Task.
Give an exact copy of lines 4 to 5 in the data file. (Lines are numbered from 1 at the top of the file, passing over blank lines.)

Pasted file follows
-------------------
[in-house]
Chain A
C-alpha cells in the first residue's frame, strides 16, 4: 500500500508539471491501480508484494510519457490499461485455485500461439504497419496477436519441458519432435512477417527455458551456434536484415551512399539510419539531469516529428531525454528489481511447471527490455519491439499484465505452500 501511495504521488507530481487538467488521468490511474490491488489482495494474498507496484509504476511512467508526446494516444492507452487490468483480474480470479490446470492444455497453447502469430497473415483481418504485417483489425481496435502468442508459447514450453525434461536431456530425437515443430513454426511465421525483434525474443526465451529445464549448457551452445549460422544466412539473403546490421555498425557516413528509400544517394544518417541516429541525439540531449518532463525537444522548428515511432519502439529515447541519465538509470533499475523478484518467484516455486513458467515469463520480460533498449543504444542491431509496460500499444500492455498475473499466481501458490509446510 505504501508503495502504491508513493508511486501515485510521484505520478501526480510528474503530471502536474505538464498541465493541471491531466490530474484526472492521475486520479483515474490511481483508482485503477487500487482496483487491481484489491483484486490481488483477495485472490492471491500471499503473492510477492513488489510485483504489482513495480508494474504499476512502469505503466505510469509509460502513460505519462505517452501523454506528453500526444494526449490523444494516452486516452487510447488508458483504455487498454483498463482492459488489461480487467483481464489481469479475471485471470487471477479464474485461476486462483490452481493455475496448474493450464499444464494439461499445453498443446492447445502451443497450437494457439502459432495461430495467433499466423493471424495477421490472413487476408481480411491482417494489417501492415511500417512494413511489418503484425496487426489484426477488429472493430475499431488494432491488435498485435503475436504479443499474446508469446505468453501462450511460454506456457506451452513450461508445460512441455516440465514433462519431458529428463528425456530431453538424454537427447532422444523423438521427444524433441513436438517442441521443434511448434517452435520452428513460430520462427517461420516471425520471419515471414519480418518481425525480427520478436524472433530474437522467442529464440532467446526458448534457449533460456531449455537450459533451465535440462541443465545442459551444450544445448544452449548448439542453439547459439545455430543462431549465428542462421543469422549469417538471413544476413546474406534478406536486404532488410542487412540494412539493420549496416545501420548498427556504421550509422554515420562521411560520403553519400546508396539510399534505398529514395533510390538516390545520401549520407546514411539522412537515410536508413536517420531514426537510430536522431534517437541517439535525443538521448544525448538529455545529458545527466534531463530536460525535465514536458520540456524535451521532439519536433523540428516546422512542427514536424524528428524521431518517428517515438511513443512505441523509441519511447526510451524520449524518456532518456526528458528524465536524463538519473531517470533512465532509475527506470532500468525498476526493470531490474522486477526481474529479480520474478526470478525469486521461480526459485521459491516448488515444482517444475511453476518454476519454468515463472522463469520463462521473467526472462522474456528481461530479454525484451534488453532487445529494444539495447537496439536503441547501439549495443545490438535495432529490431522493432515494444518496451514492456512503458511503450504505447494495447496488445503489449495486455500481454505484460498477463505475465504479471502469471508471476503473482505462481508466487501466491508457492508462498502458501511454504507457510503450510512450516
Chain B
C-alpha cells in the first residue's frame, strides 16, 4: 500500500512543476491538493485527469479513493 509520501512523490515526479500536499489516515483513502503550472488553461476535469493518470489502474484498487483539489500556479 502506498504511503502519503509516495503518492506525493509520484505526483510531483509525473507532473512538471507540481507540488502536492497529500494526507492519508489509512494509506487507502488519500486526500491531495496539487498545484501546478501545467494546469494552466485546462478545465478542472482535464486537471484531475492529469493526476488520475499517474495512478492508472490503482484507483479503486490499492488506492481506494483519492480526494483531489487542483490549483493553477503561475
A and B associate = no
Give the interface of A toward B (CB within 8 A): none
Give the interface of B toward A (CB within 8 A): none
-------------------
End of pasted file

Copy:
Chain B
C-alpha cells in the first residue's frame, strides 16, 4: 500500500512543476491538493485527469479513493 509520501512523490515526479500536499489516515483513502503550472488553461476535469493518470489502474484498487483539489500556479 502506498504511503502519503509516495503518492506525493509520484505526483510531483509525473507532473512538471507540481507540488502536492497529500494526507492519508489509512494509506487507502488519500486526500491531495496539487498545484501546478501545467494546469494552466485546462478545465478542472482535464486537471484531475492529469493526476488520475499517474495512478492508472490503482484507483479503486490499492488506492481506494483519492480526494483531489487542483490549483493553477503561475